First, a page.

from a judgment of conviction, pursuant to a jury verdict, of
second-degree murder. Eighth Judicial District Court, Clark
County; J. Charles Thompson, Senior Judge.
Gentile Cristalli Miller Armeni Savarese and Vincent Savarese
III, Las Vegas, for Appellant.
Paul Laxalt, Attorney General, Carson City; Steven B.
Wolfson, District Attorney, Steven S. Owens, Chief Deputy
District Attorney, and Binu G. Palal, Deputy District
Attorney, Clark County, for Respondent.
DOUGLAS, GIBBONS and PICKERING, JJ.
appeal, we consider whether the district court abused its
discretion in denying appellant's motion for a mistrial
based on prosecutorial misconduct and his motion for a new
trial based on juror misconduct, and whether the district
court abused its discretion in declining to provide the jury
with a supplemental clarifying instruction on malice
aforethought. We conclude that appellant failed to establish
any prejudicial prosecutorial misconduct and that
appellant's trial counsel failed to adequately develop
the record to assess whether he was prejudiced by juror
misconduct. We further conclude that because the instructions
on malice given to the jury were correct and appellant failed
to indicate what supplemental clarifying instruction the
district court should have provided, appellant fails to
demonstrate error. Therefore, we affirm the judgment of
this opportunity to provide guidance on two recent cases.
First, we provide guidance on the applicability of Bowman
v. State, 132 Nev., Adv. Op. 74, 387 P.3d 202 (2016),
regarding the district court's duty to instruct the jury
not to conduct independent research or investigation. Second,
we provide guidance on the scope of Gonzalez v.
State, 131 Nev., Adv. Op. 99, 366 P.3d 680 (2015),
concerning the district court's duty to provide
additional instruction when a jury's questions during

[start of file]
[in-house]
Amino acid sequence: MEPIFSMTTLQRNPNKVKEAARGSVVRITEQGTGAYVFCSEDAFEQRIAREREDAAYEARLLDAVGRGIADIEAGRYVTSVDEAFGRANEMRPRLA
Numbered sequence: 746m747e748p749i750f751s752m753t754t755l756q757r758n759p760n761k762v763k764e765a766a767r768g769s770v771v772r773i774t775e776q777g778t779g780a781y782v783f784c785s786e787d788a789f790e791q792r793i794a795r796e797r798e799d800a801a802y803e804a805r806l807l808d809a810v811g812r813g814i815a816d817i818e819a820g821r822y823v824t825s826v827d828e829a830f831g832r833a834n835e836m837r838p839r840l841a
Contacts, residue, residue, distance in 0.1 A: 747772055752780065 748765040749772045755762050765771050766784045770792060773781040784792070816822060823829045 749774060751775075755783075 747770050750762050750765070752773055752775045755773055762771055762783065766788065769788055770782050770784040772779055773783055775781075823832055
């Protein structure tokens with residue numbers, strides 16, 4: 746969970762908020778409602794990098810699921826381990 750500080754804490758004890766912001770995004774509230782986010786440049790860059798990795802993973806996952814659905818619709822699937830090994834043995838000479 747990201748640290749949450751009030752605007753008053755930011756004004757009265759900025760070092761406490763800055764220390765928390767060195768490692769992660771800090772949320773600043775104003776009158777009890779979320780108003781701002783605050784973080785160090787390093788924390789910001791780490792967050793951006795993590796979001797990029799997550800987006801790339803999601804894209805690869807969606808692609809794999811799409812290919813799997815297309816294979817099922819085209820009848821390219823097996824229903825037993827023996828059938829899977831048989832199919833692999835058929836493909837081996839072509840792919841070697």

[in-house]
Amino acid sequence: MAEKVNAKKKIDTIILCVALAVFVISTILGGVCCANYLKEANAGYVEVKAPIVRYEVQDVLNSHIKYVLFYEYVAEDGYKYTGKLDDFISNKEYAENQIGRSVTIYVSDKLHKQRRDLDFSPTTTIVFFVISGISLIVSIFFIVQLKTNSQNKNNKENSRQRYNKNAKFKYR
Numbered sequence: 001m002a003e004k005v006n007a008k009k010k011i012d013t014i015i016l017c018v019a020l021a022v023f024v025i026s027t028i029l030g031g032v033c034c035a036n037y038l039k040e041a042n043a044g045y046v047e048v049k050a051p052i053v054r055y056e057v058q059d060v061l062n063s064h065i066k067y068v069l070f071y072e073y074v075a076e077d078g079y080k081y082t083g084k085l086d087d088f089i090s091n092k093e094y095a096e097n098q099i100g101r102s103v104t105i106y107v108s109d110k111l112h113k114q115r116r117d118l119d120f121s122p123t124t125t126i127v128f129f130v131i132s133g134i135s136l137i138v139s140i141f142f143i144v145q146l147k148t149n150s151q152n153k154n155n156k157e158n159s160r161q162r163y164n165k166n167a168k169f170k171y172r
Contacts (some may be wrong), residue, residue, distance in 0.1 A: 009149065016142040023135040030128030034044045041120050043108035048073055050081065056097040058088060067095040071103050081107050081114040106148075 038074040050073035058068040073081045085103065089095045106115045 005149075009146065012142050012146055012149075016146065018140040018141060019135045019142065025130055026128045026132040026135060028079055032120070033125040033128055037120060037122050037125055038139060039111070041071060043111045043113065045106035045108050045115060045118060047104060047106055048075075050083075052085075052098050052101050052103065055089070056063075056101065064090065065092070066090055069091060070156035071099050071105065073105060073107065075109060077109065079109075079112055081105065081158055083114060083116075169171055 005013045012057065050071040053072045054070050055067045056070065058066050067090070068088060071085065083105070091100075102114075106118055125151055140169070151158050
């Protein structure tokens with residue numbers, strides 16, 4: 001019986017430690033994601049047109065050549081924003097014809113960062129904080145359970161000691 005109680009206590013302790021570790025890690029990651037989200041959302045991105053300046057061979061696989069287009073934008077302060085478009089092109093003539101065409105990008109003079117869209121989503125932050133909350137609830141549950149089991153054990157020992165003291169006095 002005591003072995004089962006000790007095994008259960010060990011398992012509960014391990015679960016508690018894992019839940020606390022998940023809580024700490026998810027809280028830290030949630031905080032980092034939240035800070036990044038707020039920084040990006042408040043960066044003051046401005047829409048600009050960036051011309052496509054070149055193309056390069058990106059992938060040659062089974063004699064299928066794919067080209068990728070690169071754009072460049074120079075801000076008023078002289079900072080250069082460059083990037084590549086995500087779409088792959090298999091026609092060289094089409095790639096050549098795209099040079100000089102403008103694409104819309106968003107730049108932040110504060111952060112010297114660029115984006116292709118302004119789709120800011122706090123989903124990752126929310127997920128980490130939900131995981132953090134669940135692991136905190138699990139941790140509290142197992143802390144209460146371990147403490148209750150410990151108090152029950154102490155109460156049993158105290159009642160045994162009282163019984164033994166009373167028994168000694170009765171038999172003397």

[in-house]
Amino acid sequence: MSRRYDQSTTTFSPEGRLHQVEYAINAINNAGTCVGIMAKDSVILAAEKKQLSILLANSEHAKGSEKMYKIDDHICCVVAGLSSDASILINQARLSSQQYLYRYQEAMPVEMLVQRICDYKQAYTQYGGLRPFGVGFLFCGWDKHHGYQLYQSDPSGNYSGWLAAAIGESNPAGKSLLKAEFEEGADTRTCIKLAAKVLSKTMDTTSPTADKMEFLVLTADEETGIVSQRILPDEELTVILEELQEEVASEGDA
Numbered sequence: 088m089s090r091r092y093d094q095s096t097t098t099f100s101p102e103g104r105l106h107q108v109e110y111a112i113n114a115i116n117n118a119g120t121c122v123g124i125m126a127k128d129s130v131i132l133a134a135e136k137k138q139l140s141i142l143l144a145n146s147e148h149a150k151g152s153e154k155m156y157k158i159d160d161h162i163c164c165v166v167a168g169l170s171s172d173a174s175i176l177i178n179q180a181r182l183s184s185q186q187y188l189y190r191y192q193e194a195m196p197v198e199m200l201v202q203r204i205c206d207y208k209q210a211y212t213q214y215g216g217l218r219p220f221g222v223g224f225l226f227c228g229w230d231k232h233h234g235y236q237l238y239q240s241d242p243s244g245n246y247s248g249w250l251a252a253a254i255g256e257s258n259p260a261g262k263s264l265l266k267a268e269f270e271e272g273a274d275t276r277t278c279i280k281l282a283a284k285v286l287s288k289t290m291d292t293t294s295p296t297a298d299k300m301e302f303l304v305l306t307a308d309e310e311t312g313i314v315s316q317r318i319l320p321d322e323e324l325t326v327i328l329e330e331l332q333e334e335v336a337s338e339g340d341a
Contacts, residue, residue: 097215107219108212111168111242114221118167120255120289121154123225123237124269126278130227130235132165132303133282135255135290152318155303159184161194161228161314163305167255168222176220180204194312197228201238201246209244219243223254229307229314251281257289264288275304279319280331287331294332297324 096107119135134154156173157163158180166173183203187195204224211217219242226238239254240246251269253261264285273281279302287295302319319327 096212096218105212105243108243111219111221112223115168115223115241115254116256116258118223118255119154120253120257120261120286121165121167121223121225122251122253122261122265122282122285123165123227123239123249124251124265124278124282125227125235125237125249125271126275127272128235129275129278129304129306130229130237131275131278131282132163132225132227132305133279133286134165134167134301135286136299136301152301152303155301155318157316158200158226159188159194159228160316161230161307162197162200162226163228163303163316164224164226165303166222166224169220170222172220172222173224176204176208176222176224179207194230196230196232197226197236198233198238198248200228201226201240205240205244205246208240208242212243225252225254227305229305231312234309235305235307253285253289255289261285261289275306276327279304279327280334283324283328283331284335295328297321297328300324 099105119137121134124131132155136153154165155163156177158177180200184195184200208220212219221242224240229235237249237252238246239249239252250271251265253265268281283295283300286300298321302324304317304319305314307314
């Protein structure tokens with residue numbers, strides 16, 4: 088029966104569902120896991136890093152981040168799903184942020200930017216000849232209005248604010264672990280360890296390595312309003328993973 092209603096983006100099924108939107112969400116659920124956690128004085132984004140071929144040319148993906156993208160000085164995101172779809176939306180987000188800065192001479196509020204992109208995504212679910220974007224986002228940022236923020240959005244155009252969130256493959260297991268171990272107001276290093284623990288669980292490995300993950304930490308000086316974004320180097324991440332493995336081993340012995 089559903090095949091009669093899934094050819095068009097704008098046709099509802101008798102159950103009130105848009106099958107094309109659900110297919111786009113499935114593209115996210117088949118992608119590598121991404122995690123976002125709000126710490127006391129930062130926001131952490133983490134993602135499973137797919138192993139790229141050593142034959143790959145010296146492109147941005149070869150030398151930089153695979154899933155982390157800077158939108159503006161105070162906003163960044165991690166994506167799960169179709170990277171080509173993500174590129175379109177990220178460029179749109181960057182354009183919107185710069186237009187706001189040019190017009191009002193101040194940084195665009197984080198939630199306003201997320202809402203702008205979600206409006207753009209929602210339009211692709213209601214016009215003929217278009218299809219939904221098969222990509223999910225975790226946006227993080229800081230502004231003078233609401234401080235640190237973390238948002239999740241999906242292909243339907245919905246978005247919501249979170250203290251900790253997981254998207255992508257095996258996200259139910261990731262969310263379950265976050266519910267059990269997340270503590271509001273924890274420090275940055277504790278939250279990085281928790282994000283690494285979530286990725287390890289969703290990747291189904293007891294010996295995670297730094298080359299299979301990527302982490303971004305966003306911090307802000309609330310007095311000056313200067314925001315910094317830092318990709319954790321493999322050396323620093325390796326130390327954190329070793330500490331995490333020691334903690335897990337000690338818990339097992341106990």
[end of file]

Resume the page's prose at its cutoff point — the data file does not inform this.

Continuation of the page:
deliberations suggest confusion or lack of understanding of
AND PROCEDURAL HISTORY
October 22, 2011, appellant Michael Jeffries invited a few
guests to his house in Las Vegas, including his longtime
friend, Eric Gore. Jeffries' then live-in girlfriend
Mandy and her 13-year-old daughter Brittany were also present
at the house that entire evening. Both Jeffries and Gore were
intoxicated when Gore became angry with one of the guests.
Jeffries took Gore outside in an effort to calm him down. The
two then returned to the house and continued to drink, but
Gore was still upset. The other guests left as a result, but
Gore refused to leave. An altercation ensued, which prompted
Jeffries to retrieve his gun from under the mattress in his
bedroom. As Jeffries exited his bedroom, an unarmed Gore
approached, and Jeffries fatally shot him once in the heart
from a distance of 2 to 3 feet.
only other eyewitness to the shooting, Brittany, recounted
the details of that night in statements to police and
testimony at the preliminary hearing. Her statements and
testimony discredited the defense theory that Gore ran
aggressively toward Jeffries before Jeffries shot him in
self-defense. When the State called Brittany as its first
witness at trial, she could not remember many of the details
she previously recounted. In the State's rebuttal closing
argument, the prosecutor suggested that Jeffries might have
indirectly influenced Brittany's trial testimony and made
statements regarding her credibility. On this basis, Jeffries
objected and later moved for a mistrial. The district court
denied Jeffries' motion.
deliberations, the district court received three questions
from the jury presented in two notes. The first note
indicated that a juror had conducted outside research, which
prompted the district court to reinstruct the jury pursuant
to both parties' request. The second note inquired about
the jury instructions; however, the district court did not
provide a supplemental clarifying instruction.
the jury returned a verdict of guilty of second-degree
murder. Jeffries filed a motion for a new trial, which the
district court denied. The court then sentenced Jeffries to
serve a prison term of 10 years to life for the murder and a
consecutive prison term of 1-6 years for the deadly weapon
enhancement. Jeffries now appeals from the judgment of
argues that the district court erred by denying his motion
for a mistrial based on prosecutorial misconduct. Jeffries
contends that the prosecutor engaged in misconduct by
vouching for Brittany and arguing that Jeffries influenced
Brittany's testimony at trial. Conversely, the State
argues that Jeffries raises his vouching argument for the
first time on appeal and that this claim does not constitute
reversible plain error. The State further denies that its
argument concerning Jeffries' influence on Brittany's
trial testimony amounted to prosecutorial misconduct because
its rebuttal closing argument was appropriate based on the
evidence and a proper response to ...